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From: davlet_panech (davlet_panech_at_[hidden])
Date: 2002-02-23 22:43:45

--- In boost_at_y..., "jelco78" <marcojez_at_h...> wrote:
> Only one thing: I can't understand the purpose of "Layer 2" in the
> proposed design. The library I wrote was composed of only 2 layers:
> a first, low-level, portable wrapper class set for sockets and
> addresses (which show a 100% ISO C++ interface, and a portable
> implementation), and then an higher-level stream interface (based
> a std::basic_streambuf derivation).
> So, what is the purpose and structure of "Layer 2" as described in
> the guidelines?

"Layer 2" (which talks about ~mysterious~ connector/acceptor classes)
is supposed to provide compile-time checks for the correctness of
socket operations (especially the order of calls).

Anyway, we already have a couple of socket libraries in the files
section (I suspect many of have attempted this kind of thing before --
 I know I did). Perhaps it's time to consolidate our efforts and try
to come up with reasonable design. I know that David Moore has been
looking into this for a few weeks now (he has his own socket
library :) ), hopefully he can contribute here, too. Following are
my thoughts on this, as always comments are much appreciated.

- I guess we want our library to work with at least a couple of
popular protocols from the TCP/IP family. I am thinking IP proper (v4
& v6), TCP & UDP (over IPv4 & IPv6). Is that reasonable?

- I guess one important question is how to categorize different
protocols, and how to deal with their differences. I suggest as a
first step we consider all protocols to be either connection-oriented
or connectionless. This is important because the operations defined
for a connectionless socket are quite different from those of a
connected one. There are other ways to classify protocols, but I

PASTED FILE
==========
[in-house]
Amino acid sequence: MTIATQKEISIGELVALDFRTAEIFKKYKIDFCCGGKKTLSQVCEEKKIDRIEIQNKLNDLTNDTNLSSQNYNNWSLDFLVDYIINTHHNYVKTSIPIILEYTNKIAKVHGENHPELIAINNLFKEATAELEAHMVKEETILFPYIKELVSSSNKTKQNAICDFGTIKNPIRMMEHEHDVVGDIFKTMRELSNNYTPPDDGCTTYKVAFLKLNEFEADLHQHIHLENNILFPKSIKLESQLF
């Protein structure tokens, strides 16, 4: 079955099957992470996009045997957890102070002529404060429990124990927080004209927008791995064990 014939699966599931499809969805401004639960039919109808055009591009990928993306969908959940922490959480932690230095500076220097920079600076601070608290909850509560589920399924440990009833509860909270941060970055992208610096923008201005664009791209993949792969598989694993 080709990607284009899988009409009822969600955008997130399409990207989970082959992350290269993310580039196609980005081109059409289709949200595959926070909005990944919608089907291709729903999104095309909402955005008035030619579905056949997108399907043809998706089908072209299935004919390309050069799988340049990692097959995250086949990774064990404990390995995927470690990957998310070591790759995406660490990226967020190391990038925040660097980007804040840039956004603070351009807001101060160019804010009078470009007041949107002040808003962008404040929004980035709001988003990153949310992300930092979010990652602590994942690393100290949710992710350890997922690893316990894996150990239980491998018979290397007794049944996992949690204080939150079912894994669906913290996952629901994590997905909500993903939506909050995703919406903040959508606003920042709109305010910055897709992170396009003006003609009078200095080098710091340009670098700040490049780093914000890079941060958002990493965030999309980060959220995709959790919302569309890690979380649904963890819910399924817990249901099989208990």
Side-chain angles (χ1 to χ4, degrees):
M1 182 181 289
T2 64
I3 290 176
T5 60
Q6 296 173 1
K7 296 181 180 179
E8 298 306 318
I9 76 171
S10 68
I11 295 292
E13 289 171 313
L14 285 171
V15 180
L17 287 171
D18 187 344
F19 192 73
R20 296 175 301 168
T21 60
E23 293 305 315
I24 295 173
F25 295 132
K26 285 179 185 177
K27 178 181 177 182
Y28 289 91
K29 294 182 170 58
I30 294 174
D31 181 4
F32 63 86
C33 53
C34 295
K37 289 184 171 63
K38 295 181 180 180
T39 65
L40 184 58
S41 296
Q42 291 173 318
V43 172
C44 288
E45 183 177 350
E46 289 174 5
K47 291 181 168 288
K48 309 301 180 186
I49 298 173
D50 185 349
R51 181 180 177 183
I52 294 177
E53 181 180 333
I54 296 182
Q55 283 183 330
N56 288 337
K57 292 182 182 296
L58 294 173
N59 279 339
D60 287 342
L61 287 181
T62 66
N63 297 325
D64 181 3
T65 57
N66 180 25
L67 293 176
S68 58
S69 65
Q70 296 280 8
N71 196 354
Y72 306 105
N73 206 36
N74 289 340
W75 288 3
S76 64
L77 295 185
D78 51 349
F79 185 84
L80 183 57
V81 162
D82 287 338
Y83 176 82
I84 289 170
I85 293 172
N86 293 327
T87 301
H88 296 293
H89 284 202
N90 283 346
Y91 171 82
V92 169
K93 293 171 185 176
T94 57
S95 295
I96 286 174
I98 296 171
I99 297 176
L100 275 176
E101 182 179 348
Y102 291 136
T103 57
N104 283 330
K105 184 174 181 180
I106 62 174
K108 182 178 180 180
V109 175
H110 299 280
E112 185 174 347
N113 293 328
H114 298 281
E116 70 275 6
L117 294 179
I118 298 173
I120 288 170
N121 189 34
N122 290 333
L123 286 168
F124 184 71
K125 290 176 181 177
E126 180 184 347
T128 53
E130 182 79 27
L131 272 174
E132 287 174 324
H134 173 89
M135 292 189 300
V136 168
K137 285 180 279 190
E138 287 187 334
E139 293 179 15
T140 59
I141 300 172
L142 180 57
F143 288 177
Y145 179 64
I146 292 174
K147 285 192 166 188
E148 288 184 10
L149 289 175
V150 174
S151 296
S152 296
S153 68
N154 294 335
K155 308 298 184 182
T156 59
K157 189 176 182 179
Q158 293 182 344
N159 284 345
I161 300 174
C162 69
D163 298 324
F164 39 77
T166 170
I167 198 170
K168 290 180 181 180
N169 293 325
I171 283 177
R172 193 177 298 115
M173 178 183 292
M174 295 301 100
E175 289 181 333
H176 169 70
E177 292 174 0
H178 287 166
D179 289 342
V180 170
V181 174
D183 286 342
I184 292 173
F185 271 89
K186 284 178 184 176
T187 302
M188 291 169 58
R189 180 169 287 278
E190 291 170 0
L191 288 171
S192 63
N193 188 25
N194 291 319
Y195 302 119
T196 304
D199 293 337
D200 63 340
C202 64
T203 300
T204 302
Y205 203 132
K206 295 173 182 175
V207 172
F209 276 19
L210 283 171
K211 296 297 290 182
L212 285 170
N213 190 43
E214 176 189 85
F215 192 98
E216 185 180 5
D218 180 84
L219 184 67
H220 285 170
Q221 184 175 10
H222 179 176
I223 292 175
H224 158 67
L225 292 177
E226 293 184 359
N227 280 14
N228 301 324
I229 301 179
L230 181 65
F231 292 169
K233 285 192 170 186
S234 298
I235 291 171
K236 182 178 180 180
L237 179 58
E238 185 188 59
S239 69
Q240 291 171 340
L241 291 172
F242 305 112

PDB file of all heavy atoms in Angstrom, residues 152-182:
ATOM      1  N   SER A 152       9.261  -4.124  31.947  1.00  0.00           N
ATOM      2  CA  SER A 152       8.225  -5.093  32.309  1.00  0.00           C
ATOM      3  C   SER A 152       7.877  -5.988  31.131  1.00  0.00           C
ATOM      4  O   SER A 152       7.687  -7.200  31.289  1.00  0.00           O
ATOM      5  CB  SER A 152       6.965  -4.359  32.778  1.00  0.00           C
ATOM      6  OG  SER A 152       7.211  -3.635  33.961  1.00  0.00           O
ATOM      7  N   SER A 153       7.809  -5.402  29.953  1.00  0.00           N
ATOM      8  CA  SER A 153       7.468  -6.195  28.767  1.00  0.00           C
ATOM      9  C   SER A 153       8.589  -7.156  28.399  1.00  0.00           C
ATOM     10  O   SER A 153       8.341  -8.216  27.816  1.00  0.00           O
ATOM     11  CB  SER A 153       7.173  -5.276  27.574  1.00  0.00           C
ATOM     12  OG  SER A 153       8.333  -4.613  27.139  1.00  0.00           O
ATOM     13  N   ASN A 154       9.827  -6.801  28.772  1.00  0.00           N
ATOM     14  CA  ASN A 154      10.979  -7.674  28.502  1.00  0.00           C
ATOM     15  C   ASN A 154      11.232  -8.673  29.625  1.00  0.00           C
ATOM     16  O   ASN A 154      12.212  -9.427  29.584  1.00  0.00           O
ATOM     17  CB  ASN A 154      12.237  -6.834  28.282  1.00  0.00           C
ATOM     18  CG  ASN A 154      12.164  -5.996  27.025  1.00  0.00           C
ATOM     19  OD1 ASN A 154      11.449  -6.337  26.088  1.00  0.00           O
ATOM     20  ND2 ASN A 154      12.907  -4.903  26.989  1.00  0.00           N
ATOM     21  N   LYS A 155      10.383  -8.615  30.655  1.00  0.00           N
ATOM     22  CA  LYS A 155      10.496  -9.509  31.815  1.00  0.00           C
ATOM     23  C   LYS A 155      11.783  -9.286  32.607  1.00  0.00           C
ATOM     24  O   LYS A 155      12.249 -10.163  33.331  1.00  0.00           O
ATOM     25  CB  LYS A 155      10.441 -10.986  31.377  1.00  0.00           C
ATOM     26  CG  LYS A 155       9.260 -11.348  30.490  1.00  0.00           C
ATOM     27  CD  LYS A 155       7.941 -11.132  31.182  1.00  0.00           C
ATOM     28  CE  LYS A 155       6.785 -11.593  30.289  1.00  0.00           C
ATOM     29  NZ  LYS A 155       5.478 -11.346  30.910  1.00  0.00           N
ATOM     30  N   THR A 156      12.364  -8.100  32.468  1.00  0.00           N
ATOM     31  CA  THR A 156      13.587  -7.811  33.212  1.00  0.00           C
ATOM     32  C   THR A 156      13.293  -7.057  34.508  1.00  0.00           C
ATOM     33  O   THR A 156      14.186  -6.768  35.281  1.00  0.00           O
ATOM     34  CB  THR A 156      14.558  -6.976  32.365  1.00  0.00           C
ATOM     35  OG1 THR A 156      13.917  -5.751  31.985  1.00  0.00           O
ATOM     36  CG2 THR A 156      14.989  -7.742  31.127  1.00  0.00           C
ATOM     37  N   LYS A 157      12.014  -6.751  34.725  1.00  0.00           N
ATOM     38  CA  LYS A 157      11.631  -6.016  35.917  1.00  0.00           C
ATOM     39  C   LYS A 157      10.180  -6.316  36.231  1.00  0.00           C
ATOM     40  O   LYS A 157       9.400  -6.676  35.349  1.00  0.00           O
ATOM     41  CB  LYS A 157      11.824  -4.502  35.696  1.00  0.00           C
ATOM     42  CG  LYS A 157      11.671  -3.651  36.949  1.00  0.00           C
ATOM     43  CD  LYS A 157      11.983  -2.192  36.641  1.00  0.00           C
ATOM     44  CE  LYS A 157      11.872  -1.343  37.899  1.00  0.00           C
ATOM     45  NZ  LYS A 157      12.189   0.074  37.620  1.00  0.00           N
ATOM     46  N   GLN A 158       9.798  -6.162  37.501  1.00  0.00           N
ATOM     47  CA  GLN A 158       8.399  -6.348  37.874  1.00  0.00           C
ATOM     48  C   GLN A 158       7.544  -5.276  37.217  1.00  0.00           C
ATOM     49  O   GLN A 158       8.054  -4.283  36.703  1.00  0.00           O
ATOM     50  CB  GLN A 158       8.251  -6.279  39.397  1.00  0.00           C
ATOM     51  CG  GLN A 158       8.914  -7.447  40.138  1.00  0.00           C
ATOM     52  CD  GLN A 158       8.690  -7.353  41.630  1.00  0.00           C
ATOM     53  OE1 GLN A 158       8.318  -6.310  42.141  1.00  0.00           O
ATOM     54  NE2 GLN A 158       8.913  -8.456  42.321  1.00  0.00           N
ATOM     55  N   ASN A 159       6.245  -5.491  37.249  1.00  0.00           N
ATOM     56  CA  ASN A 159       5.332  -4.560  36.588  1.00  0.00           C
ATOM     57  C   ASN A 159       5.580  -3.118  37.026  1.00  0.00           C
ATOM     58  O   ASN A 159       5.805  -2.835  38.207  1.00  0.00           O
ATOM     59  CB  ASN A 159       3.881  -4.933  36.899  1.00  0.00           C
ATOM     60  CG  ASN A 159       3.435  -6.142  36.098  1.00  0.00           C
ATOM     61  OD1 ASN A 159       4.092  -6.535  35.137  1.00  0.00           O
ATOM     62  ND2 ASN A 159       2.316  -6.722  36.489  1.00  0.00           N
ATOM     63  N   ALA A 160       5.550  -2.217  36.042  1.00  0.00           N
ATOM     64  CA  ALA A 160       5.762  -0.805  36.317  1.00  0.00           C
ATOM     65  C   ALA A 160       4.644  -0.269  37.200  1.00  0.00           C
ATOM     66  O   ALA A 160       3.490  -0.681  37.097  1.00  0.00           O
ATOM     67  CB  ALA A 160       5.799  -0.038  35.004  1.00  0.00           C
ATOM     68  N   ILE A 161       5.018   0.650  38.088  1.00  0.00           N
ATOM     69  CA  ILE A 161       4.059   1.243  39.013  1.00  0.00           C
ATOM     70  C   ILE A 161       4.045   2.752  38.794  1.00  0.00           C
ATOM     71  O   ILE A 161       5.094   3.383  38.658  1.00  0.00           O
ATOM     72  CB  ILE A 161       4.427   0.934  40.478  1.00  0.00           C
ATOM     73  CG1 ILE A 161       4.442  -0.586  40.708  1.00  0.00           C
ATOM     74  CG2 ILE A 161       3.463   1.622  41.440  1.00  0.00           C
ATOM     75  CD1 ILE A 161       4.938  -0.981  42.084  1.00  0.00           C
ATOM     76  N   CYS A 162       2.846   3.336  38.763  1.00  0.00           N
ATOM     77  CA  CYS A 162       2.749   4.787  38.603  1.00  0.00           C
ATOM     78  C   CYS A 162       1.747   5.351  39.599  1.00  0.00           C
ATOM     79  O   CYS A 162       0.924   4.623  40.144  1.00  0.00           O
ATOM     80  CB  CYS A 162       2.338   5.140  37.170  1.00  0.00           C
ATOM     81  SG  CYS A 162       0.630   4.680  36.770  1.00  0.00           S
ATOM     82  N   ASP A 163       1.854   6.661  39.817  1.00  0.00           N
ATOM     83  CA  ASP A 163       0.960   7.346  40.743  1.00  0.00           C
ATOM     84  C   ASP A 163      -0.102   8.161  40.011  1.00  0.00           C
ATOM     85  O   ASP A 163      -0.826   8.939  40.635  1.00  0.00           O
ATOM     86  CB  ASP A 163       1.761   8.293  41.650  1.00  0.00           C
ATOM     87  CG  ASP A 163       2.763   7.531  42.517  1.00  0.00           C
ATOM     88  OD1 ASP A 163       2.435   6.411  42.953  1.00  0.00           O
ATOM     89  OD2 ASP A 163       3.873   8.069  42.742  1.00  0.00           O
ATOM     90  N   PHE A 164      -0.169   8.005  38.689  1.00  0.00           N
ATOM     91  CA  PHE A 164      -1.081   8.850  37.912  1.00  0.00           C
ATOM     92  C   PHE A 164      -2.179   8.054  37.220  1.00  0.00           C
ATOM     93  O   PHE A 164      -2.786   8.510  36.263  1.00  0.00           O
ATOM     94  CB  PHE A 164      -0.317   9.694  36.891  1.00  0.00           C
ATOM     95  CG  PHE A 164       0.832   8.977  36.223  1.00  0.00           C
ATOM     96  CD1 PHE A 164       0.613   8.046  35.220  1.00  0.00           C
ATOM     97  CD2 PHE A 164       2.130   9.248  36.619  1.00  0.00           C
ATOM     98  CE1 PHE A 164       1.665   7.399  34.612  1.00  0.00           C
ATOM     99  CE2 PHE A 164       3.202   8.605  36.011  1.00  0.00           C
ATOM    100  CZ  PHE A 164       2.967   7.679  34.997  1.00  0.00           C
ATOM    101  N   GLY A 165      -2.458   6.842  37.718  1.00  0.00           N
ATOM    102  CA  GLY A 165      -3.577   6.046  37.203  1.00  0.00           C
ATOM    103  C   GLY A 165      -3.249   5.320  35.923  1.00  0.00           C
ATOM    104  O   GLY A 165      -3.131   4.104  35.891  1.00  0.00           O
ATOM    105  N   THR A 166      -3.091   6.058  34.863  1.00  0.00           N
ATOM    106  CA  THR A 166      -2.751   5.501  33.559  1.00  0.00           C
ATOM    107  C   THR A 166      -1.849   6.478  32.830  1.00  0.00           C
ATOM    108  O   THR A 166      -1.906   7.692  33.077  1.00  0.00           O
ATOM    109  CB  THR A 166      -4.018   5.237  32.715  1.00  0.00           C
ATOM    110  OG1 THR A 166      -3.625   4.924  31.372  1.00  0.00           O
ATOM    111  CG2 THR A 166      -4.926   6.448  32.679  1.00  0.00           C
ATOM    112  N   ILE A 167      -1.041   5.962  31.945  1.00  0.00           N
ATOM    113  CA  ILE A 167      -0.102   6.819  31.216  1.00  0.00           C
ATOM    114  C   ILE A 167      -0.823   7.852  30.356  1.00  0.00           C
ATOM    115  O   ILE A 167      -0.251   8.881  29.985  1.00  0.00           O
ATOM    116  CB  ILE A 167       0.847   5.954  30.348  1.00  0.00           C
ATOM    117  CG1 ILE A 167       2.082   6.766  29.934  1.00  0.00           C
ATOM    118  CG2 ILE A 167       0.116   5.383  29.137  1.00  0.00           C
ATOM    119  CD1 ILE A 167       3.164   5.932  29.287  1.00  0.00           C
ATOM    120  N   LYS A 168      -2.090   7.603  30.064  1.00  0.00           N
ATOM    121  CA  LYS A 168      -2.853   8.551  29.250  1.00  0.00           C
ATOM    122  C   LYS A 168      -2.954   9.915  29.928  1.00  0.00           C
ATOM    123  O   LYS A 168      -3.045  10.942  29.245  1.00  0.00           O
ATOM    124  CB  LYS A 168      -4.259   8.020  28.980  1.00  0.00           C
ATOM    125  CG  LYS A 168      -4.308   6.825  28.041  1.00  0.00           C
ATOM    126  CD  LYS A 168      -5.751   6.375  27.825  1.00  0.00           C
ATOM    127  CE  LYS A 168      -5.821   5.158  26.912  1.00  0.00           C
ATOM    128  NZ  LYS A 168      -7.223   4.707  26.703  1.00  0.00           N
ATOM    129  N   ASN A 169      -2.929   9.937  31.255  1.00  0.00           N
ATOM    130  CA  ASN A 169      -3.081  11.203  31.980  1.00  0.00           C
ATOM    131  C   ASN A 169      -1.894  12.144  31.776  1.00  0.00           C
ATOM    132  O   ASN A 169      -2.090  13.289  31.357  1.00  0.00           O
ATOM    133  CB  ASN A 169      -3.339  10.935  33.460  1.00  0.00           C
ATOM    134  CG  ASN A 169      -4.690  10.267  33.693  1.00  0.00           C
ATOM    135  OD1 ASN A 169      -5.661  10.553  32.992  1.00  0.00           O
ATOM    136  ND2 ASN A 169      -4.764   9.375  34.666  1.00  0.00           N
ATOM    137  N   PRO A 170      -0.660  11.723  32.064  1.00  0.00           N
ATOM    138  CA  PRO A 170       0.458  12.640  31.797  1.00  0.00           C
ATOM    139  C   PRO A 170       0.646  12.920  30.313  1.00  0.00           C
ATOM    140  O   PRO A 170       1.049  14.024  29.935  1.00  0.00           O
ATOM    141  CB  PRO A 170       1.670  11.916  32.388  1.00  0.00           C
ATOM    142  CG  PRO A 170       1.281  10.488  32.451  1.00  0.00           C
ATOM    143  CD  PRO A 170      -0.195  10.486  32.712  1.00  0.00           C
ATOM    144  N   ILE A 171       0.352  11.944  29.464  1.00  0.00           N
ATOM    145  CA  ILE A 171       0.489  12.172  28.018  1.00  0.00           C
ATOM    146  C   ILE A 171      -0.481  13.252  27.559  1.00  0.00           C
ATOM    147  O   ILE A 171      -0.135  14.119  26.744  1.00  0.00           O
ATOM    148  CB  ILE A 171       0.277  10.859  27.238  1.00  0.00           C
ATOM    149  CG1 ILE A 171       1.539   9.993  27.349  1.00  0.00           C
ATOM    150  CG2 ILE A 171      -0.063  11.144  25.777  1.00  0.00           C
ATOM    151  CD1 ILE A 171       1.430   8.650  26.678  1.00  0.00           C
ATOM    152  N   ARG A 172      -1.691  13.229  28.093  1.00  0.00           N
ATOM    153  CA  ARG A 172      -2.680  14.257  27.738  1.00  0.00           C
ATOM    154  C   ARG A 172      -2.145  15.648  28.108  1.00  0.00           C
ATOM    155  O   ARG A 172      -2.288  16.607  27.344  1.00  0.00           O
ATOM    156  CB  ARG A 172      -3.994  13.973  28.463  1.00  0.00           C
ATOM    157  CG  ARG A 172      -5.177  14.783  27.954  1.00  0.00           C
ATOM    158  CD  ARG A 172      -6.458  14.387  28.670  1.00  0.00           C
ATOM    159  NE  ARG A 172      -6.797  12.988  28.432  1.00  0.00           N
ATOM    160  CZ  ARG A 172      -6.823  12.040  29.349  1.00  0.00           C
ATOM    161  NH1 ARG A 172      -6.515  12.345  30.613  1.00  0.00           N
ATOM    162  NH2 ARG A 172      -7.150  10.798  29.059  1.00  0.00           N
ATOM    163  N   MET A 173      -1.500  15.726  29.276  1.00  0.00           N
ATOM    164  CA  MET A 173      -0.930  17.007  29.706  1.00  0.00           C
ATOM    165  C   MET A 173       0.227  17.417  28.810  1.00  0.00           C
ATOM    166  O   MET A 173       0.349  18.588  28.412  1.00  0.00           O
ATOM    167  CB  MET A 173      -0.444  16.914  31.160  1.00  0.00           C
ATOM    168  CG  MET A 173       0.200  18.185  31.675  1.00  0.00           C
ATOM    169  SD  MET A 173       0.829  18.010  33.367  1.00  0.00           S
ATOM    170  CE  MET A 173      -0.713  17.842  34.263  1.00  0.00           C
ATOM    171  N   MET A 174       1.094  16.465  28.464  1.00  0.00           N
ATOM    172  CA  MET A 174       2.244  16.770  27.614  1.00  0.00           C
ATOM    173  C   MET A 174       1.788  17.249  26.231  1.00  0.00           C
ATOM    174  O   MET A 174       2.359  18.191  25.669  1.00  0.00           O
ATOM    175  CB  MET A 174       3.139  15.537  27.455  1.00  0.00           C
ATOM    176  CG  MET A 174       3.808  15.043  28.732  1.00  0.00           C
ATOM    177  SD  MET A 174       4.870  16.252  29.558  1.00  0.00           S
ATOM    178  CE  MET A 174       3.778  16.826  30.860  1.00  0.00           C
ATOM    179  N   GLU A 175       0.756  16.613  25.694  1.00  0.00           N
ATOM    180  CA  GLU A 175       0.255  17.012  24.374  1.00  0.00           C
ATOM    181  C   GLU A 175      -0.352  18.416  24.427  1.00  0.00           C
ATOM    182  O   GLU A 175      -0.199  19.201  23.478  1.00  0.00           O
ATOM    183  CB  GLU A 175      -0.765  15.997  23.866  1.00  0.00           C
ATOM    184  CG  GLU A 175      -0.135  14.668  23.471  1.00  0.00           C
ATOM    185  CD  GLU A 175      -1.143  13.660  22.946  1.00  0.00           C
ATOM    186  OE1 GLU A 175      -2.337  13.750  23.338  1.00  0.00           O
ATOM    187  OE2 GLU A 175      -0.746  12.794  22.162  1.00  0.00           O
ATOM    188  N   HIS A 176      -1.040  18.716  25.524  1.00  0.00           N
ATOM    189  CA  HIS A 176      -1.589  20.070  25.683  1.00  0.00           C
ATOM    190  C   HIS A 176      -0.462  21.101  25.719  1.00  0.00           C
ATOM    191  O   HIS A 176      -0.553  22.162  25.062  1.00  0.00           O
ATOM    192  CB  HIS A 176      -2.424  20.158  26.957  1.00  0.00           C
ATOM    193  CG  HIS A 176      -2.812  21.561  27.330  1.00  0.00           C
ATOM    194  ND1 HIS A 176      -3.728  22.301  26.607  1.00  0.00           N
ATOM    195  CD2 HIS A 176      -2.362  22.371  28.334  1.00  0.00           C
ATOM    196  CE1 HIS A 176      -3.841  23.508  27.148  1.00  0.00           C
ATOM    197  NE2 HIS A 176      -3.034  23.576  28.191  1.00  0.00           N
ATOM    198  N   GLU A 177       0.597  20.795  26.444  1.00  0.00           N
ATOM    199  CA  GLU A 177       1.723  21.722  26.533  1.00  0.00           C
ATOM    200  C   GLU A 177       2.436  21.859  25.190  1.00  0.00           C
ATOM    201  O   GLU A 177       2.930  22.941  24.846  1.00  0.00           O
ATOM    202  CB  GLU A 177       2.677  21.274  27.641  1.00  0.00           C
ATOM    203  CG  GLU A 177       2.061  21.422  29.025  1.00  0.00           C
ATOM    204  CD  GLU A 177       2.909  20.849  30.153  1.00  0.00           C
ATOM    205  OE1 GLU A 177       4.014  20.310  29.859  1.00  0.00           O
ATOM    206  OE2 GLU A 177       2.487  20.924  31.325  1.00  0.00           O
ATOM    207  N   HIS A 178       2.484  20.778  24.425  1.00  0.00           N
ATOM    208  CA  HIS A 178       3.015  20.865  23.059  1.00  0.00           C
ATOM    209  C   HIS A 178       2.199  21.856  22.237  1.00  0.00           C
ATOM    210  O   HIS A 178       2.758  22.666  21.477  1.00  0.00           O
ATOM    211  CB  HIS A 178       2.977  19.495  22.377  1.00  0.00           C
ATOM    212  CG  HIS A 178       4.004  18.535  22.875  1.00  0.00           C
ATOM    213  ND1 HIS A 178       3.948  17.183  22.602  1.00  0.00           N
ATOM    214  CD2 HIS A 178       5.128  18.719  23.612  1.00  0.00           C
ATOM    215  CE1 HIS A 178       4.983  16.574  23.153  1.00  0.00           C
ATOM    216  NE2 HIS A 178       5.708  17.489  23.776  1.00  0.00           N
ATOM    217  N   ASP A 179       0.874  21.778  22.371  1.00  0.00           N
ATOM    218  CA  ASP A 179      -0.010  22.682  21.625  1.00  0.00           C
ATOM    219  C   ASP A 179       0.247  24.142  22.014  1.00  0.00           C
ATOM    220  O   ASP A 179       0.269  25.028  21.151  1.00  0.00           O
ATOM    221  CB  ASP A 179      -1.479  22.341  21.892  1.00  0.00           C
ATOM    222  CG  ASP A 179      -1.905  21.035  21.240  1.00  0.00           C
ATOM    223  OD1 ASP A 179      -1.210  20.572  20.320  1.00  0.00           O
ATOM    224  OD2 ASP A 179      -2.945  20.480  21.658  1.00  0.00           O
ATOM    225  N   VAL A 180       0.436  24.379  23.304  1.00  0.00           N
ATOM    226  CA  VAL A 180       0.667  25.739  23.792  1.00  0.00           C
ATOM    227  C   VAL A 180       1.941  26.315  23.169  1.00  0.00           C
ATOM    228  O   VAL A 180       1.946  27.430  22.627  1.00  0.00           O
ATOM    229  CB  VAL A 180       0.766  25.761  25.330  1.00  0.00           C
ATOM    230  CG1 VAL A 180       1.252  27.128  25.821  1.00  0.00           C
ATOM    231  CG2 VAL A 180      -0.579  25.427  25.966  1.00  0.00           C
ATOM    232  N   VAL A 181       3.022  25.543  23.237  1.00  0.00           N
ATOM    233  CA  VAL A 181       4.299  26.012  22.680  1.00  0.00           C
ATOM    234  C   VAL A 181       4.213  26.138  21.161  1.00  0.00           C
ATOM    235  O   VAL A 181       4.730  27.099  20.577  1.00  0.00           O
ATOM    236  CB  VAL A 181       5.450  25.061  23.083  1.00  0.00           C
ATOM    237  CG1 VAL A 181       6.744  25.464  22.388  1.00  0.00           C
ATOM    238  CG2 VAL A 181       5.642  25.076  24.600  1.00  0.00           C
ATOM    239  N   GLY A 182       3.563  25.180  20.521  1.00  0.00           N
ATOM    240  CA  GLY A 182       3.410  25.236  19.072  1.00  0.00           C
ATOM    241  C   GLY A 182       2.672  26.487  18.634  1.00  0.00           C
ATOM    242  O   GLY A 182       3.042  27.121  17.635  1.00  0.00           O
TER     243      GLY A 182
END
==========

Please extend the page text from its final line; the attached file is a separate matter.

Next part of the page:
think "connectivity" is the most important one, at least from the
application usage viewpoint.

- Based on the above classification we would have two sets of socket
1) (connection-oriented): class acceptor_socket<>, class
2) (connectionless): class bound_socket<>
All of these would be parametrized on the protocol type;
instantiation with a "wrong" protocol type (e.g.,
connected_socket<udp_ip4>) would result in a compile-time error.

- Now regarding things like protocol and address families, I think we
should leave them alone, at least for now. My understanding is that
there is a 1:1 mapping between a protocol and an address family for
most cases (including IP/TCP/UDP -- am I wrong?), so there is no need
to worry about them (we can just assume that each protocol has an
associated address type).

- Each protocol (and it's category!) would be described by a type
that will be used as the template selector for sockets. The protocol
type would be required to have certain members: `category'
(connectionless or not), `address_type', `state_type' (aka socket
descriptor). Plus, depending on category, it would also implement the
operations that make sense for that category (like connect(), accept
(), send(), etc)

Following are some examples of what I am thinking of:

// -------- Connection-oriented -----------

// An acceptor bound to a local address
acceptor_socket< tcp_ip4 > server( "localhost:80" );

// Wait for a connection
connected_socket< tcp_ip4 > client( server );

// Initiate a connection on "some_interface:80"
// to "some_host:80"
connected_socket< tcp_ip4 >
  client2 ("some_interface:2000", "some_host:80" );

// Connected socket operations

// -------- Connectionless -----------

// Bind a connectionless socket to a local address
bound_socket< udp_ip4 > bsock( "localhost:1000" );

// Operations

------- [END EXAMPLES] --------------------

I would like to keep the interface minimal, at least initially. I'm
determined to get the design going so I would REALLY appreciate any
suggestions you might have, especially considering that socket
libraries never seem to be quite good enough to satisfy everybody!

Comments, suggestions?

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